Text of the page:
When it comes to Scottish independence, it is the ‘sovereign right of the Scottish people’ to determine their future – and currently that means staying in the Union, writes Brian Wilson.
Jeremy Corbyn came to Scotland to talk about matters affecting people’s lives – funding our NHS, the environment, investment in future technologies, working people’s rights, that kind of thing.
As far as Scottish broadcasters were concerned, he might as well not have bothered. The headlines were about hypothetical dates for a hypothetical referendum which will not put bread on anyone’s table.
Mr Corbyn did not help his cause by mixing messages about when an equally hypothetical Labour government might countenance such an event. I have sympathy. Unless one’s life revolves around referenda, which tends not to be the case in Islington, the risks arising from vagueness about a chronological hypothesis might not be fully appreciated.
Anyway, the outcome of this general election is unlikely to have much bearing on the question. Ms Sturgeon’s promise to the faithful of a referendum in 2020 is as phony as the one to deliver in 2019 – all bluster with no basis. Then 2021 is the year for Holyrood elections. That takes us to 2022 and counting.
If there is a Holyrood majority in favour of another referendum after 2021 then that request should be acceded to and the argument engaged. The best way to head that off is at the polls in 2021 – not by saying “no” in advance.
What should be avoided is the danger of feeding the false narrative that “Scotland” is being denied something it is demanding. At present, it is demanding neither a second referendum nor independence and there is not a shred of contrary polling evidence on either count.
The Claim of Right
Indeed, I suspect the great majority of us would have noted with horror that Ms Sturgeon wants two referenda next year. That really does reflect a mentality in which nothing matters in life except the thrill of unrelenting political process.
Thirty years ago, I signed the Claim of Right at the outset of the Scottish Constitutional Convention. It asserted “the sovereign right of the Scottish people to determine the form of Government best suited to their needs”. It was boycotted by Tory and SNP MPs.
Not only did I sign it, I meant it. If at any point Scotland in its collective wisdom wants to become a separate state, that is its entitlement. However, that condition has never existed, was shown not to exist in 2014 and does not exist now.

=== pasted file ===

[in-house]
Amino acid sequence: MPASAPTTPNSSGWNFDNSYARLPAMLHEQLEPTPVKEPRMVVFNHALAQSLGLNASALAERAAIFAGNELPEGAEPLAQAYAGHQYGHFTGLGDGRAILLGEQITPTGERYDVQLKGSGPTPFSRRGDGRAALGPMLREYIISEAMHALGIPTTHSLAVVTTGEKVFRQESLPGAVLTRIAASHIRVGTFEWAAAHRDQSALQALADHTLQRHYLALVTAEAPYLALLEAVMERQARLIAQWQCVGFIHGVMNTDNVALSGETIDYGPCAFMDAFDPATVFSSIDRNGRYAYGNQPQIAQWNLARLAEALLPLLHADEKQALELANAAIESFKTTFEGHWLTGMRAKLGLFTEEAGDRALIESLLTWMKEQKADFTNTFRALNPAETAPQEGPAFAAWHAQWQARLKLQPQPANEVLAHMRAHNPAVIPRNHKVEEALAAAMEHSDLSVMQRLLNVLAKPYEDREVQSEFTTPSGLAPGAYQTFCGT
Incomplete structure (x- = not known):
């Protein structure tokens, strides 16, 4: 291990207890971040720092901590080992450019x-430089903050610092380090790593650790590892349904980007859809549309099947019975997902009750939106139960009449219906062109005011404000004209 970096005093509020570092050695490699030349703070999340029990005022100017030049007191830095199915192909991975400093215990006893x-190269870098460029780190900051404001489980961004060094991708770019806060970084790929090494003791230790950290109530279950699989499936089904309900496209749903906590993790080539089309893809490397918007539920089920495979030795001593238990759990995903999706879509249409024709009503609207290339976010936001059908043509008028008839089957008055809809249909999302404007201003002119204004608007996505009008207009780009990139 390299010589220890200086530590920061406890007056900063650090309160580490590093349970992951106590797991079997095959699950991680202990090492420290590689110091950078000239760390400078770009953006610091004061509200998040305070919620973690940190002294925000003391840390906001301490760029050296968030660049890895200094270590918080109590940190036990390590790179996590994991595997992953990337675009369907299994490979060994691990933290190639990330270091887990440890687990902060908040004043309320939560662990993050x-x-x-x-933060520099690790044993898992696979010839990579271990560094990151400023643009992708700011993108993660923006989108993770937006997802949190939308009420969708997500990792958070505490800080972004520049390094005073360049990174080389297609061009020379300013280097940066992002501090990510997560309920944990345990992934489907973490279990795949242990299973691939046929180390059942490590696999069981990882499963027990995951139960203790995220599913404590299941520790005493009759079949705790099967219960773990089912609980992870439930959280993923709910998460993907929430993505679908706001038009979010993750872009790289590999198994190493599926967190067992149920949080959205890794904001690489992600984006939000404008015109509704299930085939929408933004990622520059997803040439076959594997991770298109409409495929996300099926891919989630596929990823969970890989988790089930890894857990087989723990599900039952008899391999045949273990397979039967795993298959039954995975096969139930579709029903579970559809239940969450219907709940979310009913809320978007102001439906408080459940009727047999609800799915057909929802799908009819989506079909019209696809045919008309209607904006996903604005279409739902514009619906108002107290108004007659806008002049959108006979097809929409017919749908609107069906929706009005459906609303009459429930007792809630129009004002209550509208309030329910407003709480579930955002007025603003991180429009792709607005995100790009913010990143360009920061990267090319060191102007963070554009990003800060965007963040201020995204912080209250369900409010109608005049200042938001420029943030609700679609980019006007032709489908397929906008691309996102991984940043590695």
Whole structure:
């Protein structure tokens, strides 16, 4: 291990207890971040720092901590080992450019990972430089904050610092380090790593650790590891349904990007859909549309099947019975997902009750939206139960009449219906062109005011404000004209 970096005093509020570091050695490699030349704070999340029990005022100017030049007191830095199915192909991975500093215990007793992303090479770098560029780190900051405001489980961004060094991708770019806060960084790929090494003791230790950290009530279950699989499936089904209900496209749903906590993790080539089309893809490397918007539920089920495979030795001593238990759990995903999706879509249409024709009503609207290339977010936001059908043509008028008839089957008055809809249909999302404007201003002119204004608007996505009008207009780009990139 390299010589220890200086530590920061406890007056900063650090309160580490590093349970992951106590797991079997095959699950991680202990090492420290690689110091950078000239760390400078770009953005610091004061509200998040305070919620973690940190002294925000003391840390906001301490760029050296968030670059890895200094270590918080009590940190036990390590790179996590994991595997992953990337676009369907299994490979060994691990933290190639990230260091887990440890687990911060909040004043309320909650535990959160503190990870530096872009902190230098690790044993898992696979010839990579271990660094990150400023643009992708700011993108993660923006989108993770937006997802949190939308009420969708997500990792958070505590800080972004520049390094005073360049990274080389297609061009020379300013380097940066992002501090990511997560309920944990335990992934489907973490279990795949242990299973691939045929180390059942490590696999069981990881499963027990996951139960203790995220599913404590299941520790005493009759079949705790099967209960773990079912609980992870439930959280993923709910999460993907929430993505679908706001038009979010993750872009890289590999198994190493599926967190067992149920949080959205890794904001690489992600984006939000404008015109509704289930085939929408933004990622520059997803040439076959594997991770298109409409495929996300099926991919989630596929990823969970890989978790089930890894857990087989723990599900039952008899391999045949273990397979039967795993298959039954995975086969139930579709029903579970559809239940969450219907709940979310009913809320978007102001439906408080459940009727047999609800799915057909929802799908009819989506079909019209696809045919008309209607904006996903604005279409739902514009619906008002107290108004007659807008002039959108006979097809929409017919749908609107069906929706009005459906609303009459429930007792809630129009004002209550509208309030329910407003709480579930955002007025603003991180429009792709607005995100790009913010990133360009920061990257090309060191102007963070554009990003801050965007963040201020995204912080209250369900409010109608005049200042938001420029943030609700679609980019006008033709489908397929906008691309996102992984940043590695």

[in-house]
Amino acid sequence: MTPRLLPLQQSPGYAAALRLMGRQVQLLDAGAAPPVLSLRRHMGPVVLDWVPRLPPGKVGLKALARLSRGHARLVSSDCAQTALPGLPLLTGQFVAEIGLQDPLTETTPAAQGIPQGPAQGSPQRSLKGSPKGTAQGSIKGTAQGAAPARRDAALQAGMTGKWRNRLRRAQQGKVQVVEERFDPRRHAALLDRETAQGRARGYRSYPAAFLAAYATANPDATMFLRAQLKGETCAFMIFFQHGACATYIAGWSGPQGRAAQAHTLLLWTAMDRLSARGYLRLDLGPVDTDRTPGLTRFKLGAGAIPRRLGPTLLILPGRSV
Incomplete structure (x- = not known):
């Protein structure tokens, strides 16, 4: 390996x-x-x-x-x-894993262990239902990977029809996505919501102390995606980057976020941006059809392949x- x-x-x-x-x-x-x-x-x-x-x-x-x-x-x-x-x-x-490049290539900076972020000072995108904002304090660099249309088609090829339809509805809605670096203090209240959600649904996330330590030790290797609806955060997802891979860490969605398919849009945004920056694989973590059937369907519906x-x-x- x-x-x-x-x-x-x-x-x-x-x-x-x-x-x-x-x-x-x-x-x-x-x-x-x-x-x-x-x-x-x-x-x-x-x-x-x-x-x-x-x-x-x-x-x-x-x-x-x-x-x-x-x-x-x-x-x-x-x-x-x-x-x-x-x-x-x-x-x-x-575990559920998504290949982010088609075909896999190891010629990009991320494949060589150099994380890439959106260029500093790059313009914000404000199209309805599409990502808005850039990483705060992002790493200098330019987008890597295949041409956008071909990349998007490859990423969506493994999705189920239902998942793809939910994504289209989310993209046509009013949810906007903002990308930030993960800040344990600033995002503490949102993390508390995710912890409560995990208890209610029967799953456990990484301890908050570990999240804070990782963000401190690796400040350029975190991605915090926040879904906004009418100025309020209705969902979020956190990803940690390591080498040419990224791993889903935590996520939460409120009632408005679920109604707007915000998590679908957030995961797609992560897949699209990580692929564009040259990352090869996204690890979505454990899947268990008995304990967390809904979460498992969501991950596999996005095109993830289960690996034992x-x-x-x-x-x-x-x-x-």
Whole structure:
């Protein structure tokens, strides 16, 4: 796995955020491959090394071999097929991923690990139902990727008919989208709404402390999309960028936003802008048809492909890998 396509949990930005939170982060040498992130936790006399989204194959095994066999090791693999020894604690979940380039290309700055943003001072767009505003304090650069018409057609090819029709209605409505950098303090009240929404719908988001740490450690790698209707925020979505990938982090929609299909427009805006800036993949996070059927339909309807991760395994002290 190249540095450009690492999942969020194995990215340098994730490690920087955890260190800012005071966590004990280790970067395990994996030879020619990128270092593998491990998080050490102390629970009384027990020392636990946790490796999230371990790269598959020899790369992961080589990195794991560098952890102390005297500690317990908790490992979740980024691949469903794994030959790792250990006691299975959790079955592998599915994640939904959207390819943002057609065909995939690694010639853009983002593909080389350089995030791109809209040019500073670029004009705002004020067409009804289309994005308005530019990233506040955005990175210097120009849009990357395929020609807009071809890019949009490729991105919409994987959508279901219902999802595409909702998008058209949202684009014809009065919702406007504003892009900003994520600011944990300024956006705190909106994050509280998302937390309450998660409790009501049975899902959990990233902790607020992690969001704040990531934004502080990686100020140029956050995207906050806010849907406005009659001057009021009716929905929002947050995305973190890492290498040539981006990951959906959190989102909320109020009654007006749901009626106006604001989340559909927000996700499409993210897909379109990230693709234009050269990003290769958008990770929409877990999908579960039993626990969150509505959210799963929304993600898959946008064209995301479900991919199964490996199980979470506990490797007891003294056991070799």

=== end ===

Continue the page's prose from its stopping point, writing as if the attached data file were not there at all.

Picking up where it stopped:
To counter this impediment, the Nationalists rely on the false narrative of denial. Denying Scotland a referendum is to deny Scotland independence is to deny the will of the Scottish people.
It is, of course, complete rubbish – but unreasonably rejecting a clear expression of support for a second referendum (which may or may not emerge from the 2021 elections) would risk fostering that false narrative which currently has no more than bluster to sustain it.
By far the best outcome for Scotland would be for this whole argument to be parked and, unfashionable though it may be, for the election to be fought on, well... funding our NHS, the environment, investment in future technologies, working people’s rights and so on.
A very funny interview
While the current hubris is around Brexit, the arguments which would emerge in a referendum post-2021 have moved in favour of unity rather than division – the currency, the border, the deficit, trade, the inside-outside EU relationships and so on...
If anyone doubts this, I commend a replay of Andrew Neil interviewing an SNP front-bencher, David Linden, who seemed an amiable individual programmed to start every answer with: “We are very clear...” It was very funny.
He appeared dumbfounded by the novelty of a hard interview and by the end, the viewer’s inescapable conclusion was of a “very, very clear” inability to answer those basic questions on which the independence prospectus continues to founder.
Most Scots neither need nor want another referendum but no party should make “ruling out” a badge of honour. That plays into the hands of she who wants to present herself as a victim of process, while avoiding all forensic scrutiny.
With or without a referendum, it’s the power of the arguments that will win the day.